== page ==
With the prospect of regulated online gambling at state level growing in New Jersey, Florida and California, the US media again aired the thoughts of the Morongo band of Mission Indians this week. The Morongo are in a strong alliance with Californian land card rooms titled the California Online Poker Association, which is supporting one of two legislative and competing attempts to introduce licensed and regulated internet poker in the state.
COPA, a group of 29 tribes and 13 non-Indian card clubs, is supporting a bill introduced by Sen. Lou Correa, in which the state could reap $1 billion over 10 years.
Robert Martin, chairman of the Morongo rolled out numbers from the Blue Sky Consulting Group and the Center for Strategic Economic Research showing that if Internet gambling was legalised in California, the state could see around $81.5 million in new annual revenues comprising:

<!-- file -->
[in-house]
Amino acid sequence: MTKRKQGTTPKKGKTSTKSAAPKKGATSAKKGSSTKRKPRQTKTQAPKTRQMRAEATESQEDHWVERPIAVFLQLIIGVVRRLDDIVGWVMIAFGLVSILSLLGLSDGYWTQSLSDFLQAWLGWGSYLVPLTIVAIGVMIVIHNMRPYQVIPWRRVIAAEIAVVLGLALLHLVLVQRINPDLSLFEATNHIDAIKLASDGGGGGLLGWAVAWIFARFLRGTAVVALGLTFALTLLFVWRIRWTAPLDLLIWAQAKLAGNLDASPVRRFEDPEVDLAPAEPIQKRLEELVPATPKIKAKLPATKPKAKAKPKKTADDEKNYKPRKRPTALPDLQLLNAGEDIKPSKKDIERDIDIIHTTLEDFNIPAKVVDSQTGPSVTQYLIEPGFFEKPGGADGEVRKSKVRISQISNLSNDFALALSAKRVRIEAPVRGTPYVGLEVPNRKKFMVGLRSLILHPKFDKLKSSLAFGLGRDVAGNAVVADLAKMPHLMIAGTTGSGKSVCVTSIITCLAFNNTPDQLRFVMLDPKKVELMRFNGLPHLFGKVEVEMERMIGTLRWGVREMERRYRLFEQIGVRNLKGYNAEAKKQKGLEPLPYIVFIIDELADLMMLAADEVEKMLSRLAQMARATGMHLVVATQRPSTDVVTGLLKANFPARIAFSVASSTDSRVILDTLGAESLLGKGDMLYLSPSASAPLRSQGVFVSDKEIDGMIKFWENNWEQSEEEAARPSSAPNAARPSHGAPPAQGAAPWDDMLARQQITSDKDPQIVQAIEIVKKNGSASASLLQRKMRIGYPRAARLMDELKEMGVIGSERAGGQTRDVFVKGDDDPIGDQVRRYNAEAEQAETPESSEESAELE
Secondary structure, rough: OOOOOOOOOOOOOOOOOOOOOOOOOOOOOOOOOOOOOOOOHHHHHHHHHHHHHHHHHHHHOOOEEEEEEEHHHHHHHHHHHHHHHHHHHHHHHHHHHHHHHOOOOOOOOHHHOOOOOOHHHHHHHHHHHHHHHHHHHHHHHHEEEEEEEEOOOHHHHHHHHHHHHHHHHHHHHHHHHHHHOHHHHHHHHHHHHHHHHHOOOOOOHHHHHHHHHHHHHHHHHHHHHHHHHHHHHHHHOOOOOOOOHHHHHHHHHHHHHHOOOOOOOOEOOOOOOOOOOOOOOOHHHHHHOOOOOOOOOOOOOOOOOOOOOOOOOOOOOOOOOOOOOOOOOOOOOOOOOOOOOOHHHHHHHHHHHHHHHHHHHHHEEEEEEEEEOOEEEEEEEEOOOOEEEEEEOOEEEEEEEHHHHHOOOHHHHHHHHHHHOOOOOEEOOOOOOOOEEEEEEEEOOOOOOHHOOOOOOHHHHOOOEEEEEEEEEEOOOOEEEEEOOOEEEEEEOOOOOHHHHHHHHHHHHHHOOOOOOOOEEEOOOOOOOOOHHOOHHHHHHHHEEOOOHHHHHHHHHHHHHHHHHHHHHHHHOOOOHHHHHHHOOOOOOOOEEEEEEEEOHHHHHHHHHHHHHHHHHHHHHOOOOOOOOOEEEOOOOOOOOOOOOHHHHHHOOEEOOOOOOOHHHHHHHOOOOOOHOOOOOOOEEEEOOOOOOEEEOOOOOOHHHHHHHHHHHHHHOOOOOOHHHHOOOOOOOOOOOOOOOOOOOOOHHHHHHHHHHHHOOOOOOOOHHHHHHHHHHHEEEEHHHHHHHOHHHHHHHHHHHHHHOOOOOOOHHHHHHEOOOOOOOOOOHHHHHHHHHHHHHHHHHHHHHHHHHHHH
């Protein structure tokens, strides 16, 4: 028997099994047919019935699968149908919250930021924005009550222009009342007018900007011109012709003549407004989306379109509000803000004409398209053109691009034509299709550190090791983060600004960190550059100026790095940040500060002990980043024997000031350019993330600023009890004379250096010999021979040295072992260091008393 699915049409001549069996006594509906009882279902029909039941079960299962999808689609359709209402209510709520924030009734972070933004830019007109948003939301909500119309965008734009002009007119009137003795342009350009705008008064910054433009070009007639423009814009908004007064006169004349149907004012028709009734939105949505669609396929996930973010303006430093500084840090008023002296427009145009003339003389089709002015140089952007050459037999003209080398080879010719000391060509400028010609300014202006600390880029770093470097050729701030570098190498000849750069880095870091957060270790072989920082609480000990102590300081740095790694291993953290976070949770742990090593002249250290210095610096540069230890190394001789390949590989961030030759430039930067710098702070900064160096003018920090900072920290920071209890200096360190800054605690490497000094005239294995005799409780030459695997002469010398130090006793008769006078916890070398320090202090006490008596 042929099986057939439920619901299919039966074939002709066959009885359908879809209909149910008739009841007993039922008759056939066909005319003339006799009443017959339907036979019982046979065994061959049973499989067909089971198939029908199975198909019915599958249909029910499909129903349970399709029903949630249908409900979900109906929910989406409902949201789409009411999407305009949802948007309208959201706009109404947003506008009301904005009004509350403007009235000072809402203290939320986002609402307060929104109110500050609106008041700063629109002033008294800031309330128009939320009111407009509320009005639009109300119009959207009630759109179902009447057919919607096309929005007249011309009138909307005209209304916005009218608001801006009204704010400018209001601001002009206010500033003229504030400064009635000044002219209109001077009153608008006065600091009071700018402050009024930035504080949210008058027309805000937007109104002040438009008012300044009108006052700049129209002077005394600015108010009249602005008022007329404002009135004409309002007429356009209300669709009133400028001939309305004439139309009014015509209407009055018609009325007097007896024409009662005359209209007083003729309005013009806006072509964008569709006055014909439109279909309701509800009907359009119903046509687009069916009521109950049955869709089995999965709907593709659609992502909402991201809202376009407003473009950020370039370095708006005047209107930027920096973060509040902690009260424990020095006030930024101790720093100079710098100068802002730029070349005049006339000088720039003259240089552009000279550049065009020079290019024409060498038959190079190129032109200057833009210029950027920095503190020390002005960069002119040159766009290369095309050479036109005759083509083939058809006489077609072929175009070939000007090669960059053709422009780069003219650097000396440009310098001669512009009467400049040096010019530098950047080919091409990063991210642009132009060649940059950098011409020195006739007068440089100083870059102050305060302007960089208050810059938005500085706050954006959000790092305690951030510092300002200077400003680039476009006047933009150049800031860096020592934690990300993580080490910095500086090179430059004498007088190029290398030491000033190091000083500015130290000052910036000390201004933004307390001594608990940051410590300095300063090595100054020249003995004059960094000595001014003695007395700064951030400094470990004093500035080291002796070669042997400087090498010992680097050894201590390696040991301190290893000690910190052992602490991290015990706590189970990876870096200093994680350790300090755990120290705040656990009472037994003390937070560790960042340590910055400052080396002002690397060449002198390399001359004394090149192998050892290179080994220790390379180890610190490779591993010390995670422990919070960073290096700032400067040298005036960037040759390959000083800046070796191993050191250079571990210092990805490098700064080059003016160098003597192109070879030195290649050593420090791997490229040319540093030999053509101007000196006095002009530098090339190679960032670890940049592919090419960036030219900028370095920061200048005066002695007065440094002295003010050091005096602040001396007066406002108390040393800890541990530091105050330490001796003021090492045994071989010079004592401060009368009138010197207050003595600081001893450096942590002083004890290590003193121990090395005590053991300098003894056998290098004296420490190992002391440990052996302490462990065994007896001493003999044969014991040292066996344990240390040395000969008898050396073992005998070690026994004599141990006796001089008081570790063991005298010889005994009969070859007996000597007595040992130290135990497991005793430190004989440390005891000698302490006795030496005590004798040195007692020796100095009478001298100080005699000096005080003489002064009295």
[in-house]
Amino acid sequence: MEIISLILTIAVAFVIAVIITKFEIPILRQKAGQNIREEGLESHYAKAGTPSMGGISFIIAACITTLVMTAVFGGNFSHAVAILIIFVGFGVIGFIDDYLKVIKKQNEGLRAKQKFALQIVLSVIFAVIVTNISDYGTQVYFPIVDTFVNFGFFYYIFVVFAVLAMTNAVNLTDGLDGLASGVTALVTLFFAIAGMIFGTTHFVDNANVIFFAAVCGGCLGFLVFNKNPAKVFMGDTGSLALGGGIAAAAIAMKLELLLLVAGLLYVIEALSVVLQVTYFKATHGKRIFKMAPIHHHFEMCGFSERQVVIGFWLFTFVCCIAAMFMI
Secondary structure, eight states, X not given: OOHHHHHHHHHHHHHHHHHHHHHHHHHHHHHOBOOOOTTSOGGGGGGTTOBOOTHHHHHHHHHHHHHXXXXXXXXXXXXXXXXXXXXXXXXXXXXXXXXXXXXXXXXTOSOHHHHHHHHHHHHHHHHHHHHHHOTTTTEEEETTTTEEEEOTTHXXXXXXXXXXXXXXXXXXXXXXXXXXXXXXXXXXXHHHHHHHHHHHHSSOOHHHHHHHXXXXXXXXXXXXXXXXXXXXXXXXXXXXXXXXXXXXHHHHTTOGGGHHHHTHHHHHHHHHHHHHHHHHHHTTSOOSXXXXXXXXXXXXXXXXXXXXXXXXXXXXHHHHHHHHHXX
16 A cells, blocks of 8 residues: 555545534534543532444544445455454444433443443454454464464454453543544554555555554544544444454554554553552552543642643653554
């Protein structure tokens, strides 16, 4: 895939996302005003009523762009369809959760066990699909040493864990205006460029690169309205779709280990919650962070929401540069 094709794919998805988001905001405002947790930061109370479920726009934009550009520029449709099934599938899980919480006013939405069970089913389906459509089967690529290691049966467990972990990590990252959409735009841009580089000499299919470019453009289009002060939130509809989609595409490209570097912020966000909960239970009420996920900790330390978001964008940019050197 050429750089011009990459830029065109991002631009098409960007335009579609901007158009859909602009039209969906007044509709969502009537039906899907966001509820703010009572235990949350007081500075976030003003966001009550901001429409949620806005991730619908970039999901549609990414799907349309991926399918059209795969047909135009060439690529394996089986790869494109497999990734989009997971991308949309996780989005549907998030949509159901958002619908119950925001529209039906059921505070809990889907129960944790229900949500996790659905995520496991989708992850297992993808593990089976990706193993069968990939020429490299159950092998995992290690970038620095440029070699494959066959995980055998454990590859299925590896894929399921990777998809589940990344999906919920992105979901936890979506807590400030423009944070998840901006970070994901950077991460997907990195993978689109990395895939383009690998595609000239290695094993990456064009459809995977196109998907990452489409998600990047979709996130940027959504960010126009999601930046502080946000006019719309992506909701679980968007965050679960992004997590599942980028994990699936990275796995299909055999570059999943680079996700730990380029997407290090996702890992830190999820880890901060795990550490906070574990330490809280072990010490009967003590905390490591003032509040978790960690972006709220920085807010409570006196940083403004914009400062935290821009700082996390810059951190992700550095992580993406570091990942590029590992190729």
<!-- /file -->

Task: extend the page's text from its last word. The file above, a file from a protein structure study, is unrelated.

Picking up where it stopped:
Revenue from fees, $45.2 million.
Income taxes on net winnings, $24.1 million.
Corporation tax on profits, $1.3 million.
Indirect tax revenue on employee wages, $720,000.
Taxes on indirect economic effects, $10.2 million.
"It's big business,'' Martin told the annual California Nations Indian Gaming Association conference.
"This (Internet gambling) industry generates $13 billion annually, and that's all going offshore,'' he told the The Desert Sun newspaper. "Today, 2 million people play each week. It's a huge market, and it's illegal. Not a dime out of that money comes back to the state."
With a $25.4 billion deficit, California could use the cash.
Source: InfoPowa News